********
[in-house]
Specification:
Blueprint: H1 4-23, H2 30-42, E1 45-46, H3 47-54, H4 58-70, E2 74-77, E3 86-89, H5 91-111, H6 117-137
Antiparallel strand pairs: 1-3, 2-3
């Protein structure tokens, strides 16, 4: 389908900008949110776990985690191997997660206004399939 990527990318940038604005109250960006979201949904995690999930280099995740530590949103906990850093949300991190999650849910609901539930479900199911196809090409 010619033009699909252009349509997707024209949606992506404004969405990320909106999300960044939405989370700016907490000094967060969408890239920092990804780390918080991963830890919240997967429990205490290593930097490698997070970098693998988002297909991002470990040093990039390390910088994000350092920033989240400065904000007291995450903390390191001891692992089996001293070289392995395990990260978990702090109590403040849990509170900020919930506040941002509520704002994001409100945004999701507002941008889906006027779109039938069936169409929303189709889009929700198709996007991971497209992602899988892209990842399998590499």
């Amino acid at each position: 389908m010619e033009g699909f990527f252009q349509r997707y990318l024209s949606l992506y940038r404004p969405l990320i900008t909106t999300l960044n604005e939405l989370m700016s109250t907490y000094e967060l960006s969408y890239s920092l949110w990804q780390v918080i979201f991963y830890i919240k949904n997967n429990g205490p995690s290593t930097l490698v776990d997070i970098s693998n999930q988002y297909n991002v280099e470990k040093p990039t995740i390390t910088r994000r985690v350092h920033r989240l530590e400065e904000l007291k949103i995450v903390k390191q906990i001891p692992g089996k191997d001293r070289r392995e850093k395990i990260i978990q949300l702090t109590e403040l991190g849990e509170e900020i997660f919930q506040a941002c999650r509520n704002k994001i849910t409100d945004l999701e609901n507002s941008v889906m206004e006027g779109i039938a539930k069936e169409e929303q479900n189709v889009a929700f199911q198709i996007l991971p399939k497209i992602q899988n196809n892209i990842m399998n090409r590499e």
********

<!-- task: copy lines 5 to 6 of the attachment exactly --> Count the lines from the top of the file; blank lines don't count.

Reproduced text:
């Protein structure tokens, strides 16, 4: 389908900008949110776990985690191997997660206004399939 990527990318940038604005109250960006979201949904995690999930280099995740530590949103906990850093949300991190999650849910609901539930479900199911196809090409 010619033009699909252009349509997707024209949606992506404004969405990320909106999300960044939405989370700016907490000094967060969408890239920092990804780390918080991963830890919240997967429990205490290593930097490698997070970098693998988002297909991002470990040093990039390390910088994000350092920033989240400065904000007291995450903390390191001891692992089996001293070289392995395990990260978990702090109590403040849990509170900020919930506040941002509520704002994001409100945004999701507002941008889906006027779109039938069936169409929303189709889009929700198709996007991971497209992602899988892209990842399998590499």
């Amino acid at each position: 389908m010619e033009g699909f990527f252009q349509r997707y990318l024209s949606l992506y940038r404004p969405l990320i900008t909106t999300l960044n604005e939405l989370m700016s109250t907490y000094e967060l960006s969408y890239s920092l949110w990804q780390v918080i979201f991963y830890i919240k949904n997967n429990g205490p995690s290593t930097l490698v776990d997070i970098s693998n999930q988002y297909n991002v280099e470990k040093p990039t995740i390390t910088r994000r985690v350092h920033r989240l530590e400065e904000l007291k949103i995450v903390k390191q906990i001891p692992g089996k191997d001293r070289r392995e850093k395990i990260i978990q949300l702090t109590e403040l991190g849990e509170e900020i997660f919930q506040a941002c999650r509520n704002k994001i849910t409100d945004l999701e609901n507002s941008v889906m206004e006027g779109i039938a539930k069936e169409e929303q479900n189709v889009a929700f199911q198709i996007l991971p399939k497209i992602q899988n196809n892209i990842m399998n090409r590499e």